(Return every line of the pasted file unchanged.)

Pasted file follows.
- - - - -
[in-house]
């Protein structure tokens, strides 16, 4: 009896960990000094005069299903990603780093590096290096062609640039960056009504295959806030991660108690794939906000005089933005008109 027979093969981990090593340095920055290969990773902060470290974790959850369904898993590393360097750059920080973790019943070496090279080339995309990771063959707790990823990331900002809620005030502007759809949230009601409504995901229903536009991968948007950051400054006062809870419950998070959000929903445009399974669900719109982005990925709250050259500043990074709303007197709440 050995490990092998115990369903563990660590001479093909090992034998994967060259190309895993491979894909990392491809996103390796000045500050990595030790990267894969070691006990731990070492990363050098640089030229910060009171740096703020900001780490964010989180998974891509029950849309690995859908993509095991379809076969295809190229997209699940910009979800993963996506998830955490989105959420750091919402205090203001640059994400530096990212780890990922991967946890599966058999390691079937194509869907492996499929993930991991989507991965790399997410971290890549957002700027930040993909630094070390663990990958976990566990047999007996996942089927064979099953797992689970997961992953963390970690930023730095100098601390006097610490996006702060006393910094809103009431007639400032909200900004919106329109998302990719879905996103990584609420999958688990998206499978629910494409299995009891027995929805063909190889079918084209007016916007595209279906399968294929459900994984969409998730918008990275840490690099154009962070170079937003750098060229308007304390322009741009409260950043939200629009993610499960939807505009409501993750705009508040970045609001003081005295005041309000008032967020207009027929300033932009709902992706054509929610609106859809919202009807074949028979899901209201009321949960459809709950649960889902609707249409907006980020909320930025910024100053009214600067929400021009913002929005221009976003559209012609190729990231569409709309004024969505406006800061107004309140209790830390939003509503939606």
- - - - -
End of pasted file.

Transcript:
[in-house]
């Protein structure tokens, strides 16, 4: 009896960990000094005069299903990603780093590096290096062609640039960056009504295959806030991660108690794939906000005089933005008109 027979093969981990090593340095920055290969990773902060470290974790959850369904898993590393360097750059920080973790019943070496090279080339995309990771063959707790990823990331900002809620005030502007759809949230009601409504995901229903536009991968948007950051400054006062809870419950998070959000929903445009399974669900719109982005990925709250050259500043990074709303007197709440 050995490990092998115990369903563990660590001479093909090992034998994967060259190309895993491979894909990392491809996103390796000045500050990595030790990267894969070691006990731990070492990363050098640089030229910060009171740096703020900001780490964010989180998974891509029950849309690995859908993509095991379809076969295809190229997209699940910009979800993963996506998830955490989105959420750091919402205090203001640059994400530096990212780890990922991967946890599966058999390691079937194509869907492996499929993930991991989507991965790399997410971290890549957002700027930040993909630094070390663990990958976990566990047999007996996942089927064979099953797992689970997961992953963390970690930023730095100098601390006097610490996006702060006393910094809103009431007639400032909200900004919106329109998302990719879905996103990584609420999958688990998206499978629910494409299995009891027995929805063909190889079918084209007016916007595209279906399968294929459900994984969409998730918008990275840490690099154009962070170079937003750098060229308007304390322009741009409260950043939200629009993610499960939807505009409501993750705009508040970045609001003081005295005041309000008032967020207009027929300033932009709902992706054509929610609106859809919202009807074949028979899901209201009321949960459809709950649960889902609707249409907006980020909320930025910024100053009214600067929400021009913002929005221009976003559209012609190729990231569409709309004024969505406006800061107004309140209790830390939003509503939606």